electro surgery

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electro surgery

  1. 1. Electro surgery in Gynaecology Prof.Surendra Nath Panda Dept. of OBGYN M.K.C.G.Medical College Berhampur, Orissa, India
  2. 2. History <ul><li>Heat therapy known since antiquity </li></ul><ul><li>“ Heat cures when everything fails” …Hipocrates. </li></ul><ul><li>Albucasis (980BC) used hot iron to stop bleeding. </li></ul><ul><li>Then followed use of electrical current on a metallic element. </li></ul><ul><ul><li>This method just burns the tissues. </li></ul></ul><ul><li>But modern electro surgery or “Surgical Diathermy” is a recent technology, which entails passage of high frequency electrical current through tissues. </li></ul>
  3. 3. History <ul><li>Earliest recorded use of this technology was by Arsenne d’ Arsonval in1893. </li></ul><ul><li>However extensive use of electro surgery in brain surgery by Harvey Cushing & William T. Bovie and their publication in 1925 promoted Electrosurgery. </li></ul><ul><li>They described three distinctive effects - </li></ul><ul><ul><li>Desiccation </li></ul></ul><ul><ul><li>Cutting </li></ul></ul><ul><ul><li>Coagulation </li></ul></ul>
  4. 4. Electro cautery and Electro surgery <ul><li>Electro cautery </li></ul><ul><li>Direct current through a high resistance metallic conductor </li></ul><ul><li>It is essentially application of heat and burning of tissue </li></ul><ul><li>Electro surgery </li></ul><ul><li>High Frequency Alt. Current through living tissue </li></ul><ul><li>Manipulation of electrons to produce heat within the cells to destroy the tissue </li></ul>
  5. 5. Basics of Electricity <ul><li>Two types of Current- </li></ul><ul><li>Direct Current (DC) </li></ul><ul><li>Alternating Current (AC) </li></ul><ul><li>DC flows continuously in one direction </li></ul><ul><li>AC flows in two directions, first increasing to a maximum in one direction & then increasing to a maximum in the opposite direction in a sinusoidal wave form. </li></ul>
  6. 6. Basics of Electricity <ul><li>Alt.Cur. has a positive & a negative peak. </li></ul>
  7. 7. Alternating Current <ul><li>Alt.Current can be generated in Three types of wave form:- </li></ul><ul><li>Continuous / Uninterrupted / non-modulated wave form (CUT) :- </li></ul><ul><ul><li>Produced by continuous delivery of energy </li></ul></ul><ul><li>COAG- Interrupted / Modulated / Dampened / Varied wave form:- </li></ul><ul><ul><li>when energy is delivered only 10% of the time </li></ul></ul><ul><li>Blended wave forms:- </li></ul><ul><ul><li>Produced by delivering energy at variable intervals, which can be controlled / varied thus producing both effects </li></ul></ul>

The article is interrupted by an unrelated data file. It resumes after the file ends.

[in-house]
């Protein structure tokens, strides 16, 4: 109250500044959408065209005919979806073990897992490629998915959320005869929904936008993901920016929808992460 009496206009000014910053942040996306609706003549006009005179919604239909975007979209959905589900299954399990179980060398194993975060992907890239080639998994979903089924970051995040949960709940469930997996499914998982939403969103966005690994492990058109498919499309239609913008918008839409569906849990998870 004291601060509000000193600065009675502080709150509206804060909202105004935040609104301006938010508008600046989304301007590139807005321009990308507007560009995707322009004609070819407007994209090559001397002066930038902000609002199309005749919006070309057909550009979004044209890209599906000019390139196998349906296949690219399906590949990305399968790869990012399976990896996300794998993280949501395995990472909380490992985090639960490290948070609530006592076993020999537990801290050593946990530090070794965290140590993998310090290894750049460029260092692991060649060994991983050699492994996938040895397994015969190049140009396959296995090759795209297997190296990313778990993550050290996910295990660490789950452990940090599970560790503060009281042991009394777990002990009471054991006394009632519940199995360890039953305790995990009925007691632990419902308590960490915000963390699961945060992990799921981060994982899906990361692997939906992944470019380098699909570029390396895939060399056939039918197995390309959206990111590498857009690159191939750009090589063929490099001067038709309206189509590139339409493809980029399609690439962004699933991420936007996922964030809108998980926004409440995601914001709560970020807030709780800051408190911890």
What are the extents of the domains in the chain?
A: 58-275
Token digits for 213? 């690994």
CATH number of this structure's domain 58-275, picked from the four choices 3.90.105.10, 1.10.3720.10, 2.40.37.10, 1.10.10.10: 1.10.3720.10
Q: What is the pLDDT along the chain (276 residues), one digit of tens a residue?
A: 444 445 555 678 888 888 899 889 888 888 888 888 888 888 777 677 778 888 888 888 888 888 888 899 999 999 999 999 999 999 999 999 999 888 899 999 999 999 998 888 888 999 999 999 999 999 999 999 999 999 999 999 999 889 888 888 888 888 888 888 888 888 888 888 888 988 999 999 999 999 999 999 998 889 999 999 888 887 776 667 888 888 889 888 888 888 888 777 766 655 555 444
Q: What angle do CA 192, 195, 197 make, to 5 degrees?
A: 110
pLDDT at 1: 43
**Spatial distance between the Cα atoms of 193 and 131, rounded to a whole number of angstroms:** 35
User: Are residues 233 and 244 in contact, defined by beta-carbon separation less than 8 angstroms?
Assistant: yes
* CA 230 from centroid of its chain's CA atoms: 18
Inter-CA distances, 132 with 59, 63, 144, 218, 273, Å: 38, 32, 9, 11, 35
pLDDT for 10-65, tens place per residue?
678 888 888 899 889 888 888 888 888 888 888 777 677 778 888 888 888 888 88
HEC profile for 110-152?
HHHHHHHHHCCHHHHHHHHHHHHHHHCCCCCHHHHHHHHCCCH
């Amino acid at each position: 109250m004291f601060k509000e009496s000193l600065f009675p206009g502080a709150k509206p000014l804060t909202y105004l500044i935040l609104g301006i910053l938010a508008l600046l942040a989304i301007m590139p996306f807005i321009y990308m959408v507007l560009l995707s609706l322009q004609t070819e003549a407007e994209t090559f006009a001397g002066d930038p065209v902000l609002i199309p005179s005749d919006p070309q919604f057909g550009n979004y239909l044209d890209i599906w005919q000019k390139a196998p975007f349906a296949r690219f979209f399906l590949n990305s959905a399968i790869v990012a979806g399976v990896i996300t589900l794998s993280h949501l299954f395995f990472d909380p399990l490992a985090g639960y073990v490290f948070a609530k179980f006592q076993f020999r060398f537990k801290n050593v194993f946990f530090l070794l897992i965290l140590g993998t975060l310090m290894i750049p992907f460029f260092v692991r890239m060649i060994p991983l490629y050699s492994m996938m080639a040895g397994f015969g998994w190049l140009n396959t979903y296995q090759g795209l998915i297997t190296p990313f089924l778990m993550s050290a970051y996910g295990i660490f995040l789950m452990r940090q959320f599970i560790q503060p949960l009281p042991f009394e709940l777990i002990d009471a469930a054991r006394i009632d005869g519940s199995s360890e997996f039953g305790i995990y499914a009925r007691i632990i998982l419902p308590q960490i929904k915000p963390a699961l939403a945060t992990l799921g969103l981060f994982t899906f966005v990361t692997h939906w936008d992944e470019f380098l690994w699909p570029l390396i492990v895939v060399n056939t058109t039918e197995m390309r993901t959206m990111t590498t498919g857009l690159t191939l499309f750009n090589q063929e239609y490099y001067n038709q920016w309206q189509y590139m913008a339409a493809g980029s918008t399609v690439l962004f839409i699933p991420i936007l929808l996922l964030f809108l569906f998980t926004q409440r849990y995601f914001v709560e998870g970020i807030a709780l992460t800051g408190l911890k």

8. 8. Alternating Current <ul><li>1) Continuous / Uninterrupted / non-modulated (CUT) wave form:- Produced by continuous delivery of energy </li></ul>
  9. 9. Alternating Current <ul><li>2) COAG- Interrupted / Modulated / Dampened / Varied wave form:-. when energy is delivered only 10% of the time </li></ul>
  10. 10. Alternating Current <ul><li>3) Blended wave forms:- Produced by delivering energy at variable intervals, which can be controlled / varied thus producing both effects </li></ul>
  11. 11. The Machine (Generator) <ul><li>It produces the required type of electricity in the patient circuit by induction from the supply line. </li></ul><ul><li>It has been undergoing constant improvement. </li></ul><ul><ul><li>1st. Generation- Tungsten contacts. </li></ul></ul><ul><ul><li>2nd.Generation- Valve Generators. </li></ul></ul><ul><ul><li>3rd. Generation- Transistor technology. </li></ul></ul><ul><ul><li>4th. Generation- Digital Electronics technology. </li></ul></ul><ul><ul><li>Latest- Microprocessor controlled diathermy, </li></ul></ul><ul><ul><ul><li>User programmable, auto functions, error detection, safety alarms & cut offs. </li></ul></ul></ul><ul><ul><ul><li>Constant power delivery </li></ul></ul></ul><ul><ul><ul><li>Under water application, soft & spray coagulation and bipolar cut possible. </li></ul></ul></ul>
  12. 12. Effect of Electricity on Living Tissue <ul><li>Electrolytic Effect </li></ul><ul><li>Faradic Effect </li></ul><ul><li>Thermal Effect </li></ul>
  13. 13. Electrolytic Effect <ul><li>Produced by DC/ AC of very low frequency (<5kHz). </li></ul><ul><li>The +ve & -ve ions in the cell move to the –ve & +ve poles. </li></ul><ul><li>Electrolytic damage to the tissue. </li></ul>